Meet a USMEPCOM Medical Transformation Manager

Suzanne Kirchhoff 
Photo: Amy Gregorski, USMEPCOM Public Affairs

By Danielle Lieber, USMEPCOM Public Affairs

NORTH CHICAGO, Ill.—Suzanne Kirchhoff is the medical program business manager for the United States Military Entrance Processing Command’s Medical Plans and Policy Directorate. She’s currently managing the command’s medical transformation efforts to take full advantage of the Department of Defense’s new Military Health System GENESIS electronic health record and the Joint Legacy Viewer.

When fully deployed, MHS GENESIS, which features enhanced, secure technology to manage health information, will be the single health record for service members, veterans, and their families. When USMEPCOM is integrated into MHS GENESIS, Military Entrance Processing Stations located throughout the nation will initiate the electronic health record for each new member of the All-Volunteer Force, a record that will follow them from enlistment, through their careers, and finally into Veterans Affairs after their service is complete. .

The JLV is a web-based, read-only viewer of health history information from the Department of Defense, Department of Veterans Affairs and private sector partners. Before creating a MHS GENESIS records, some applicant electronic medical records will be available for viewing via the JLV. A JLV pilot is scheduled to be hosted at eight MEPS in February for applicants, who by virtue of having served previously, already have an electronic record.

“Today in the MEPS, we administer medical screening examinations on all applicants for enlistment, recording their information on paper,” Kirchhoff said. “And at the end of the day, MEPS personnel transfer the written data into a computer. The goal is to input the information into the computer directly and avoid paper altogether.”

Kirchhoff has been involved with every step of the MHS GENESIS and JLV initiatives, and it is thanks to her guidance and diligence that MHS GENESIS is now under contract with the Defense Health Agency and MHS GENESIS builder Leidos Partnership for Defense Health. This means USMEPCOM’s unique requirements are being addressed by the creators and managers of MHS GENESIS. It’s a long road before the project reaches completion, but the changes will transform USMEPCOM’s applicant medical screening process.

Kirchhoff briefs then-Secretary of Defense Ashton Carter about USMEPCOM’s relationship to MHS GENESIS at the Chicago Military Entrance Processing Station, July 28, 2016.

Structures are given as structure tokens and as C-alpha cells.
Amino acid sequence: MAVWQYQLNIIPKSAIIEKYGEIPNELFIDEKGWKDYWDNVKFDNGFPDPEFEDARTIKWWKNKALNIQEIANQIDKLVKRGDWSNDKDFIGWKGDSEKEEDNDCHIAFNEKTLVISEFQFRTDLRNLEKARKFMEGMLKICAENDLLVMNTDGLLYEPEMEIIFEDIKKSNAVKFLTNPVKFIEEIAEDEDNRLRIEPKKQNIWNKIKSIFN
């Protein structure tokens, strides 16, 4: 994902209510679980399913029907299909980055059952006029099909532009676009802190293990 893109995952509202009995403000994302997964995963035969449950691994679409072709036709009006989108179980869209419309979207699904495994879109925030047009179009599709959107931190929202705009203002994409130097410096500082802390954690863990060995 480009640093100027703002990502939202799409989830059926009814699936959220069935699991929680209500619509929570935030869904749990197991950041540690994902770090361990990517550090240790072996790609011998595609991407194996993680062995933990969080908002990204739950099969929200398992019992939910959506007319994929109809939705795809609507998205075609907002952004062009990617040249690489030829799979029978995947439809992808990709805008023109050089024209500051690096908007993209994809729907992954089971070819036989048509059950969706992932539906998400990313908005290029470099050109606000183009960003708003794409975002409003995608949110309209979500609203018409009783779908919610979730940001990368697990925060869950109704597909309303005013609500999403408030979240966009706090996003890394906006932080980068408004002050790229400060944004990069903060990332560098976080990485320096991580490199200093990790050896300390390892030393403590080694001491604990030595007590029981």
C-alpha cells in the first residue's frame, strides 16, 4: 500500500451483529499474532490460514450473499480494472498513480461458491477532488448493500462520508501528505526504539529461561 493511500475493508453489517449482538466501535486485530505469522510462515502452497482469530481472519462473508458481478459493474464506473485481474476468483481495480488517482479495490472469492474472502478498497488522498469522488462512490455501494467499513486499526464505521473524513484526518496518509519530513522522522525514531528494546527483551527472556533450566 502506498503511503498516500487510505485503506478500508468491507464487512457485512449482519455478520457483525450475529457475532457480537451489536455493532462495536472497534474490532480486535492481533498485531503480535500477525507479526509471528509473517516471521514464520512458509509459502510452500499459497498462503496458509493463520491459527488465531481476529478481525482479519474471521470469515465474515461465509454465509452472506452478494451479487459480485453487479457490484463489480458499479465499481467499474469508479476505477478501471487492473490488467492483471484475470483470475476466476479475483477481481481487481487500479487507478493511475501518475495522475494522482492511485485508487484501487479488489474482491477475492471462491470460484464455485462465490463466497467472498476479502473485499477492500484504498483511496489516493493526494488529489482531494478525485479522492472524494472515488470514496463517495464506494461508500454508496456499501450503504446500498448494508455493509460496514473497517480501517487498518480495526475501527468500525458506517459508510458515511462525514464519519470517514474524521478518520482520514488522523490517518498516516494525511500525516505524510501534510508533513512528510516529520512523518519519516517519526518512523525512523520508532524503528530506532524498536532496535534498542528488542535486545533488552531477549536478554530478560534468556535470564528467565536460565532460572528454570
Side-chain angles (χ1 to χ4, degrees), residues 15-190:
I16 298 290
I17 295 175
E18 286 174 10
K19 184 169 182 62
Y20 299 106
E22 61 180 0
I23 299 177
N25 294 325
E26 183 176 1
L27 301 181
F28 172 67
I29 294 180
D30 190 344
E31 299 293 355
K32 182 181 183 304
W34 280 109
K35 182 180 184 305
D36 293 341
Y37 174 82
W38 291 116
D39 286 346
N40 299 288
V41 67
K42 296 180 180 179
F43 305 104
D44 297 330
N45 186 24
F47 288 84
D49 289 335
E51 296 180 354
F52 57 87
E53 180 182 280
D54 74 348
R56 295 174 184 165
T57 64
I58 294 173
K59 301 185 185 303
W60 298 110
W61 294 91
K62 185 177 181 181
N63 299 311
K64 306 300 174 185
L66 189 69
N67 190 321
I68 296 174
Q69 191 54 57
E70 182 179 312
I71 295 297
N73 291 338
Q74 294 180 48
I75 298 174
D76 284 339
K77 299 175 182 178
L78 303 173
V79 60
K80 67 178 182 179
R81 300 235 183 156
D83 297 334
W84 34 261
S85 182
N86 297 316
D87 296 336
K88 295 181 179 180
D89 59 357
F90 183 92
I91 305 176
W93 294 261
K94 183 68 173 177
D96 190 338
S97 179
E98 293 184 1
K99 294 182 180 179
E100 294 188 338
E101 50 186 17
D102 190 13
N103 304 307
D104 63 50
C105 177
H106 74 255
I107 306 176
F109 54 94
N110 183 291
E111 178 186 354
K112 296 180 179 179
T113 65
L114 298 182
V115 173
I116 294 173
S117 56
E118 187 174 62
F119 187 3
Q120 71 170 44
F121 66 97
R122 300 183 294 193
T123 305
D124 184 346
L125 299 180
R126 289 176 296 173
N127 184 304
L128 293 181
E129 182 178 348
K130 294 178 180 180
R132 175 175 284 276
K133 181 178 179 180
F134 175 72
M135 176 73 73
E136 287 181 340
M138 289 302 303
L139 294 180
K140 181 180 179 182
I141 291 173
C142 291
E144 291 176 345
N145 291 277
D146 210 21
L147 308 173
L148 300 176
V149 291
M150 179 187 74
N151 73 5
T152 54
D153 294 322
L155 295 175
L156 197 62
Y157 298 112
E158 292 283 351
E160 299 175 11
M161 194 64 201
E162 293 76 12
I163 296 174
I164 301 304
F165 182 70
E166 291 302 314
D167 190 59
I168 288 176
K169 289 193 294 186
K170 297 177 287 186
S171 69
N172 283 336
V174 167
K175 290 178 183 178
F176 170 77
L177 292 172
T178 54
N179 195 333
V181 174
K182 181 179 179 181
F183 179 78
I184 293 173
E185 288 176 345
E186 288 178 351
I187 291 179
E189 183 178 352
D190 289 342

Photo: Darrin McDufford, USMEPCOM Public Affairs

Kirchhoff’s previous experience makes her ideally suited to manage these projects.

“My acquisition training gave me a varied background,” she said. “I know how to do cost estimating, I know how to do project management. I know a little about testing and evaluation. I know about budget stuff. You have to know all those things when you’re implementing a big program like this. One thing I’ve noticed I bring to USMEPCOM is perspective. I’ve had a lot of different jobs, I’ve done a lot of different things. And that helps because I have so much to look back on and gather. When you do a lot of things and you’ve been in a lot of environments, you can see there’s different ways of doing the same thing. And that’s probably my biggest advantage: I have a lot of perspective.”

Kirchhoff’s previous experience ranges from supporting satellite initiatives with NASA and the University of Maryland to working with the Army’s chief scientist. Her favorite part of working for the government is the clear guidance and structure.

“I like the way things are laid out,” she said. “There’s a way of getting things done, and there’s documentation for it. When I realized the government had policies and everything was documented and all you had to do was find the documentation and follow it, I thought that was great.”

She also appreciates the challenges projects like MHS GENESIS and JLV present.

“It’s fun to know there is a process, but it’s great to know you’re laying new ground and doing something different, too. It takes longer and it’s harder, but it’s more of a challenge and you have to use more of your own insights to do that. So I do enjoy that,” Kirchhoff said.

“Right now I am working on how to best transition the USMEPCOM workforce into using these new tools with as little impact as possible,” she said.

“I embrace change. I love it, but a lot of people don’t,” Kirchhoff said. “Some people find it difficult to abandon long-standing ways of doing things, especially if they’ve been doing the same thing, the same way, for a considerable period of time. I’m working to make learning new ways of doing business as easy as possible.”